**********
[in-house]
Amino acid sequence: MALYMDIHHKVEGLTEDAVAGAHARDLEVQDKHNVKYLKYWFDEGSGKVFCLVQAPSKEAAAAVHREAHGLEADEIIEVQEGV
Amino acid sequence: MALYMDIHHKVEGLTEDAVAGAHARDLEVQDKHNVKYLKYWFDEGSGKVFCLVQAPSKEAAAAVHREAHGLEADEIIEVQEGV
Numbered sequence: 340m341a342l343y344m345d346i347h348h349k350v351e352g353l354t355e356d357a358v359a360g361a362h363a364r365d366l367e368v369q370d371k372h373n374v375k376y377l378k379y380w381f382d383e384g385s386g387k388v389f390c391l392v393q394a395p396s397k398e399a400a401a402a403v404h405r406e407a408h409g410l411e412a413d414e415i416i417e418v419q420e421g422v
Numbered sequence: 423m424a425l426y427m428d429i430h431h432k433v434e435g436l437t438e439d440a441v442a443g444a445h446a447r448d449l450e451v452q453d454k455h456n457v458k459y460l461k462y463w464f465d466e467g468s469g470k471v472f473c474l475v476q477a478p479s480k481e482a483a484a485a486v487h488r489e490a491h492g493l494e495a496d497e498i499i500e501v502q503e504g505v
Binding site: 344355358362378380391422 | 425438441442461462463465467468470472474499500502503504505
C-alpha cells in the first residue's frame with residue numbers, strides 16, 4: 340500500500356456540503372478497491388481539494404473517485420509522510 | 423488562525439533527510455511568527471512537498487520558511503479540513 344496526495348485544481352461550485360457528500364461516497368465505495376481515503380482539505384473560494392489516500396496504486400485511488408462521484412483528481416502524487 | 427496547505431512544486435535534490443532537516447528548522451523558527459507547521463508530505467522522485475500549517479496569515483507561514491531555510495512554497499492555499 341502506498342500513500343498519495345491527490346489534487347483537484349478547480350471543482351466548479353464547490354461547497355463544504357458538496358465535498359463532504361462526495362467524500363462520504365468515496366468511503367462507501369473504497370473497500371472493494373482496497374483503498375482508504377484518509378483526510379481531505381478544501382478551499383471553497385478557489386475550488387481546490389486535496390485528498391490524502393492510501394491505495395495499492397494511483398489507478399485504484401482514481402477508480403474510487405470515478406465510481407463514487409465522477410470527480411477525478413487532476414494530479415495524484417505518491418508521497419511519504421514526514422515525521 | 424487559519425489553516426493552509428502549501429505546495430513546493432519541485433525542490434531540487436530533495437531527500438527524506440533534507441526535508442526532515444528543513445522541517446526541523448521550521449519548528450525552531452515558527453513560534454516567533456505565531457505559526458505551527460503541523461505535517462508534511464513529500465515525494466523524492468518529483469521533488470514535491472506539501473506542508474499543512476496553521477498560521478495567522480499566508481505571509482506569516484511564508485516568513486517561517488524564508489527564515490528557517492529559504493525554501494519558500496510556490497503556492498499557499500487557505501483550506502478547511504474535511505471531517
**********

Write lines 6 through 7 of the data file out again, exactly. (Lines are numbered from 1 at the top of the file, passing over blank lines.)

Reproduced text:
Binding site: 344355358362378380391422 | 425438441442461462463465467468470472474499500502503504505
C-alpha cells in the first residue's frame with residue numbers, strides 16, 4: 340500500500356456540503372478497491388481539494404473517485420509522510 | 423488562525439533527510455511568527471512537498487520558511503479540513 344496526495348485544481352461550485360457528500364461516497368465505495376481515503380482539505384473560494392489516500396496504486400485511488408462521484412483528481416502524487 | 427496547505431512544486435535534490443532537516447528548522451523558527459507547521463508530505467522522485475500549517479496569515483507561514491531555510495512554497499492555499 341502506498342500513500343498519495345491527490346489534487347483537484349478547480350471543482351466548479353464547490354461547497355463544504357458538496358465535498359463532504361462526495362467524500363462520504365468515496366468511503367462507501369473504497370473497500371472493494373482496497374483503498375482508504377484518509378483526510379481531505381478544501382478551499383471553497385478557489386475550488387481546490389486535496390485528498391490524502393492510501394491505495395495499492397494511483398489507478399485504484401482514481402477508480403474510487405470515478406465510481407463514487409465522477410470527480411477525478413487532476414494530479415495524484417505518491418508521497419511519504421514526514422515525521 | 424487559519425489553516426493552509428502549501429505546495430513546493432519541485433525542490434531540487436530533495437531527500438527524506440533534507441526535508442526532515444528543513445522541517446526541523448521550521449519548528450525552531452515558527453513560534454516567533456505565531457505559526458505551527460503541523461505535517462508534511464513529500465515525494466523524492468518529483469521533488470514535491472506539501473506542508474499543512476496553521477498560521478495567522480499566508481505571509482506569516484511564508485516568513486517561517488524564508489527564515490528557517492529559504493525554501494519558500496510556490497503556492498499557499500487557505501483550506502478547511504474535511505471531517